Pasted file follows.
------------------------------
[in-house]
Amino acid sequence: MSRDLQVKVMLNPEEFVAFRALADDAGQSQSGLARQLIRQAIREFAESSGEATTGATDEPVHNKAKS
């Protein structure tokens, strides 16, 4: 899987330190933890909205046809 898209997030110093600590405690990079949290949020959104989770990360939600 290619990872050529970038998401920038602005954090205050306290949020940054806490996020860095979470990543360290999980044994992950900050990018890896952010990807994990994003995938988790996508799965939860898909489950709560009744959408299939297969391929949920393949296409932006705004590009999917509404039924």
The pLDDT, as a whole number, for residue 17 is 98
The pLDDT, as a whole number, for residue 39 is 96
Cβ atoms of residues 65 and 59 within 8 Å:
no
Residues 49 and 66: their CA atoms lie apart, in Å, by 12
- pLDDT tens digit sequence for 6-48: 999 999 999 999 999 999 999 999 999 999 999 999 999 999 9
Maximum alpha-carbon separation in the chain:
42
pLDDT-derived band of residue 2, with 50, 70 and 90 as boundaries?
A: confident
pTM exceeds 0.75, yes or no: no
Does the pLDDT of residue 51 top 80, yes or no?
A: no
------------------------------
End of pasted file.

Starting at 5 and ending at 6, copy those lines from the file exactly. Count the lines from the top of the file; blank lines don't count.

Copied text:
The pLDDT, as a whole number, for residue 39 is 96
Cβ atoms of residues 65 and 59 within 8 Å: